Court of Appeal revokes mark for non-use in landmark decision

Italy

On September 4 2013 the Court of Appeal of Milan (Specialised Company and IP Division) issued a landmark decision in which it ordered the revocation for non-use of the famous LAMBRETTA trademark for motorcycles (the motivation for the decision was published at a later date).

LAMBRETTA had been one of main trademarks in the Italian mechanical sector since the Second World War, when it was launched to designate a scooter which was, for many years, the main competitor of the Vespa scooter (still produced by Piaggio). Use of the LAMBRETTA mark by the original owner (Innocenti, which had registered it in Class 12 in 1947) had ceased in 1971, when the transferee of the company's rights (Scooters India Ltd) had moved the production facilities to India, exporting the motorcycles to Italy only until 1985.

In 2010, in the first instance proceedings, the Milan court had decided that, although use of the trademark had ceased, the fact that the new owner had resumed use since 2002 was a sign of the company's intentions to take advantage of the symbolic value of the old LAMBRETTA mark (however, the use was not for motor vehicles, but only for items of clothing and accessories).

The Court of Appeal reversed the decision, finding that:

  • the termination of the use had occurred before December 31 1992 - when the Italian legislation implementing the First Trademarks Directive (89/104/EEC) entered into force;
  • under the Italian law in force at that time, the renewed use was insufficient to counteract the revocation of the trademark, which had occurred in the meantime; and
  • the transitional provision relating to this issue (now contained in Article 235 of the Intellectual Property Code) did not provide for the application of the new scheme - in line with the directive - to trademarks that had lapsed before the directive entered into force (see Galli, "Il diritto transitorio dei marchi", Milano, Giufffré, 1994, page 29 et seq).

Consequently, the court did not take position on the relevance and the effects of the renewed use of a trademark for products dissimilar to those originally manufactured by the mark owner. However, the decision stated that "a trademark can be adequately and sufficiently used only if its use is at least potentially able to alter the state of the market, and, consequently, at least potentially able to affect the competitors' position". The ruling is consistent with the teachings of EU case law on this point (see the decision of the Court of Justice of the European Union in Ansul BV v Ajax Brandbeveiliging BV (Case C-40/01)).

The decision thus seems to take the view that 'reputation' is not merely an abstract element that can be used and marketed independently; reputation is a quality attached to a trademark, which needs to be valid and "used" on the market (ie, not expired).

This point had been expressly addressed in another decision of the Court of Milan (Isotta Fraschini Milano Srl v CO.RI.MEC SpA, Court of Milan, Specialised IP section, March 15 2006, President: Tarantula), in which the court had declared that trademarks registered for luxury goods by the transferee of the original owner (who had continued to use the old trademark only for boat engines) and then transferred to third parties could not "take advantage" of the reputation related to the trademark ISOTTA FRASCHINI (still known today for being used until 1948 for the production and marketing of cars). In that decision, the Court of Milan had ruled that, as it was a long time since the use of the trademark for cars had ceased, the new trademarks "could not take advantage of the connection with the old mark". Instead, they were deemed to be the result of "an independent initiative, legitimate because the previous trademark had been revoked" due to non-use, notwithstanding the enduring memory of that use. Consequently, the court declared that, "since the trademarks are new, any arguments relating to the reputation of the [old] trademark are already included in the original court ruling", as those trademarks were considered to be "completely unrelated to the name and history of the automobile factory".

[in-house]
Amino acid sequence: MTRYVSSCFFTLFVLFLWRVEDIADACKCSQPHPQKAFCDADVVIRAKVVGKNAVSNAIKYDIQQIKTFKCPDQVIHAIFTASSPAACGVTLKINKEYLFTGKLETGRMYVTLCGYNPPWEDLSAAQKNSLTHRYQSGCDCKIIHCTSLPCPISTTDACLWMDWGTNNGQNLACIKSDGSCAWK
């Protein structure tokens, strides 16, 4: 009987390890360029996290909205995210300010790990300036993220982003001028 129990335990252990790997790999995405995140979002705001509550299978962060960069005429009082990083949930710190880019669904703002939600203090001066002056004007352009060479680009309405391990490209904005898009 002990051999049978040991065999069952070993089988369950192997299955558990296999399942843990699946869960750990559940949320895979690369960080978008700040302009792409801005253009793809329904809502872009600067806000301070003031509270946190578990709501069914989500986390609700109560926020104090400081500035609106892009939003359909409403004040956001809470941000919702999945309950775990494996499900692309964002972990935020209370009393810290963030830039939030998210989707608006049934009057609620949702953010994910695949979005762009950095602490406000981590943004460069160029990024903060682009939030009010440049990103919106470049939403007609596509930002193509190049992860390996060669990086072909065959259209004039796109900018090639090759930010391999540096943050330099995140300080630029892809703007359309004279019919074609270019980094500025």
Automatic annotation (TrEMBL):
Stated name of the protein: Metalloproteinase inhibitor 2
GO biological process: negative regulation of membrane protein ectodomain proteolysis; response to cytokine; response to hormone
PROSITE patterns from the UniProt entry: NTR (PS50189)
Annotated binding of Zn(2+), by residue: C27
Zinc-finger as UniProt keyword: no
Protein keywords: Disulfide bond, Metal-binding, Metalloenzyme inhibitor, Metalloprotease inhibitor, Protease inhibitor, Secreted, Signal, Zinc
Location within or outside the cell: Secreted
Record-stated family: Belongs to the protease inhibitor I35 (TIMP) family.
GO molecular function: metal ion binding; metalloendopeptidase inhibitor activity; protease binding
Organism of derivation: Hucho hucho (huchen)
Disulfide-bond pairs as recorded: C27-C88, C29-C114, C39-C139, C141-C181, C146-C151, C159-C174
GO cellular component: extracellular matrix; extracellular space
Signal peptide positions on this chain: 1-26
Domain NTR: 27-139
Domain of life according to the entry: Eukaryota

In the Isotta Fraschini case, the parties owned registered trademarks that were different from the original mark (which related to the automotive sector and had been revoked for non-use), and the court specifically stated that "none of the parties can claim to be the repository of the history of the old ISOTTA FRASCHINI mark". On this basis, the court had considered that the new trademarks could be validly registered and used in their respective fields (cars on the one hand, and clothing items and luxury goods on the other) by their owners, which were unrelated to the previous owner.

As neither of the new owners could claim to have continuity with the old and revoked trademark, but could only introduce their activity as a new economic initiative in their respective sectors, inspired by the values of the original trademark, they could not take advantage of the old trademark's reputation to enlarge the scope of protection of their mark.

Cesare Galli, IP Law Galli, Milan

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